White House officials are going on the offensive after House Speaker Kevin McCarthy, R-Calif., on Tuesday announced that House Republicans will launch an impeachment inquiry into President Joe Biden over his family's business dealings.
Biden administration officials have contended that Biden did nothing wrong, charging that the House GOP has found no evidence after nine months of investigations and highlighting comments from Republicans expressing skepticism about an impeachment of the president.
"It's clear that the extreme far-right made a demand to open a baseless impeachment inquiry simply to continue their disproven and baseless attacks on the president," said Ian Sams, special assistant to the president and spokesman for the White House Counsel’s Office, in an interview with Spectrum News on Wednesday.
Sams contended that "House Republicans have admitted" that the inquiry is about attacking the president, pointing to comments from Florida Rep. Matt Gaetz, who said in a Twitter Spaces last month that "the jury" in an impeachment would be "the American people," and Kentucky Rep. James Comer, who chairs the House Oversight panel and is leading the impeachment inquiry, connected his probe to Biden's polling numbers in an interview in May.
"The Republicans have admitted that this is not a legitimate inquiry focused on the truth," Sams charged. "It's instead a waste of time and resources focused on attacking the president politically."
On Wednesday, White House officials sent a memo to media organizations urging them to step up their scrutiny of House Republicans “for opening up an impeachment inquiry based on lies.”
“When even House Republican members are admitting that there is simply no evidence that Joe Biden did anything wrong, much less impeachable, that should set off alarm bells for news organizations,” read the memo from Sams.
“House Republican leaders should be held accountable for the fact that they are lurching toward impeachment over allegations that are not only unfounded but, in virtually all cases, have been actively disproven – including by witnesses and documents in their own investigations, as well as years-old congressional probes and even the former President’s first impeachment inquiry,” Sams wrote.
The White House included a 14-page dossier which it says debunks the claims made by House Republicans — from questions about Biden’s involvement in his son’s business dealings to claims of political interference by his administration into the investigation into his son, Hunter Biden.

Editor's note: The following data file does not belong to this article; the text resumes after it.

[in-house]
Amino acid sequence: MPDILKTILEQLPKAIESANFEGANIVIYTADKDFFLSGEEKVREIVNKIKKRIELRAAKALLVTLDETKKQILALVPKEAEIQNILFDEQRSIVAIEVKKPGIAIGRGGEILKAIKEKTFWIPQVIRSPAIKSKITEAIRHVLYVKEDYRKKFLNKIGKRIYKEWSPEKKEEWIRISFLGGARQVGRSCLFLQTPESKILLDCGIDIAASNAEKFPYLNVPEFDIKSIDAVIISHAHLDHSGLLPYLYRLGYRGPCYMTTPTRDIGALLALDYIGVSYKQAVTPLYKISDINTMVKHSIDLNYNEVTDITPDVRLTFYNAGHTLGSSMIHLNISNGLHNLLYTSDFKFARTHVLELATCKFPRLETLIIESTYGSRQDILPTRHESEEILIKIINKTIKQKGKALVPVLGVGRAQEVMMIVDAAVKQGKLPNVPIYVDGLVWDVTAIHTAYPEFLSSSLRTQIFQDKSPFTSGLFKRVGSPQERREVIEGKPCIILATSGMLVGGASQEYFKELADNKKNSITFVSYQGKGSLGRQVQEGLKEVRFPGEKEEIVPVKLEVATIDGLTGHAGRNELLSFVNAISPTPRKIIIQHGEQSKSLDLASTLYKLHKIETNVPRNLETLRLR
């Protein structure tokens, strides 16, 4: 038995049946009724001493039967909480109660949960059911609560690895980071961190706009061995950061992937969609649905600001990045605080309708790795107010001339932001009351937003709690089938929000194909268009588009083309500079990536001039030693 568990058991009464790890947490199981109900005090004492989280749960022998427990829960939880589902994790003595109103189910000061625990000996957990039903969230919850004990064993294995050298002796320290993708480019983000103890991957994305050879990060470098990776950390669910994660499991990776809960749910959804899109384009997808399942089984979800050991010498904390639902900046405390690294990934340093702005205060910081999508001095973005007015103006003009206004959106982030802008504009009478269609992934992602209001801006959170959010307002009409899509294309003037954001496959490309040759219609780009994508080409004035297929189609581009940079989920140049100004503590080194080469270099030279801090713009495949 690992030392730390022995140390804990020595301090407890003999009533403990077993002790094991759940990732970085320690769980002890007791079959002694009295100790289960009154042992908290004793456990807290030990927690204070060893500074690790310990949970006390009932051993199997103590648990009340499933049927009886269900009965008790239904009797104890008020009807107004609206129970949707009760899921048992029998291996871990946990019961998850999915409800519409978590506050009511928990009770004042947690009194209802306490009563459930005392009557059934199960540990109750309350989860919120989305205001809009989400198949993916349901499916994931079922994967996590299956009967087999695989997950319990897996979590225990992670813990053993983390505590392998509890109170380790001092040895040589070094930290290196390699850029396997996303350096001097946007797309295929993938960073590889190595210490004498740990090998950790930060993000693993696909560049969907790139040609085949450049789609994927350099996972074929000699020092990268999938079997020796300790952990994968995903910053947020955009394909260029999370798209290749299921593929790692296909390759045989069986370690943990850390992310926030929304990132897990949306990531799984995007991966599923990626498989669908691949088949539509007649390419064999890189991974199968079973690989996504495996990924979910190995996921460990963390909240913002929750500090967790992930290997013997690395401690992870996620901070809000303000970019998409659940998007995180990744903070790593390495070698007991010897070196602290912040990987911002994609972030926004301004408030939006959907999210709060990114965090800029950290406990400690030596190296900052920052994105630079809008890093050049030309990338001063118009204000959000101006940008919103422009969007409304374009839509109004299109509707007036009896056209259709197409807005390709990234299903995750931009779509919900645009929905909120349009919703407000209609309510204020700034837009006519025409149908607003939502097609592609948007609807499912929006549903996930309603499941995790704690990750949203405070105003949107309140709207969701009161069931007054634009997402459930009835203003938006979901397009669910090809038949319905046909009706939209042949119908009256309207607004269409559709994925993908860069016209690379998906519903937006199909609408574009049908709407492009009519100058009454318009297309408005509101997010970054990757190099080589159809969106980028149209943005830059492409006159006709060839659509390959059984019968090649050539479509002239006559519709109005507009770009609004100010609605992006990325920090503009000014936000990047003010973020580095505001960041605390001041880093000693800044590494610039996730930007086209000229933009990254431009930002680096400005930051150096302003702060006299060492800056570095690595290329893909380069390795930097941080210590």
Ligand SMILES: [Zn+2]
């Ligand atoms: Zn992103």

"It's clear that they've gotten, as the members of the Oversight Committee outlined on Monday, tens of thousands of pages of financial records, and over and over again, they've turned up no link to the president," Sams said. "Over and over again, they've shown no wrongdoing by the president. And that's because the President did nothing wrong. There is no evidence of wrongdoing despite months and months, and in some cases, years and years ... they've been investigating this for years, and they failed to come up with any evidence of wrongdoing because there isn't any evidence of wrongdoing."
McCarthy on Tuesday called the impeachment inquiry a “logical” next step which “will allow our committees to gather all the facts and provide answers for the American people,” but so far House Republican investigators have not produced evidence linking Hunter Biden’s business dealings to his father — a fact that the White House is quick to point out that some Republicans have said themselves.
Sams’ memo referenced comments from Colorado Rep. Ken Buck, a member of the far-right House Freedom Caucus, who told MSNBC’s “Inside with Jen Psaki” over the weekend that “time for impeachment is the time when there’s evidence linking President Biden, if there’s evidence linking President Biden to a high crime or misdemeanor, that doesn’t exist right now.”
Buck reiterated that stance in an interview with CNN on Tuesday: “I have not seen any evidence that links President Biden to Hunter Biden’s activities at this point,” though he admitted he was also set to receive a briefing later in the week from the House Oversight Committee, which is leading the impeachment inquiry.
Sams’ memo also references comments from Ohio Rep. Dave Joyce, who told Forbes in an interview Monday that he had not yet seen “facts or evidence” that would merit an impeachment inquiry, Nebraska Rep. Don Bacon, who told The Hill that “we need to have more concrete evidence to go down” the path of an impeachment inquiry, and South Dakota Rep. Dusty Johnson, who told CNN that “there is a constitutional and legal test that you have to meet with evidence … I have not seen that evidence, but I guess I’m not suggesting it doesn’t exist.”
A spokesperson for Rep. Joyce's office pointed to a statement issued by the congressman on Tuesday, which offered support for the impeachment inquiry: "I support Speaker McCarthy’s decision to direct the House Committees on Oversight, Judiciary, and Ways and Means to open a formal impeachment inquiry into President Joe Biden. I am confident Chairmen Comer, [House Judiciary Chairman Jim] Jordan, and [House Ways and Means Chairman Jason] Smith will conduct thoughtful and thorough investigations into allegations against the President, which I will carefully review."
Biden’s reelection campaign also piled on, accusing Speaker McCarthy of opening a “baseless impeachment inquiry” at the behest of former President Donald Trump, who is also running for the White House in 2024.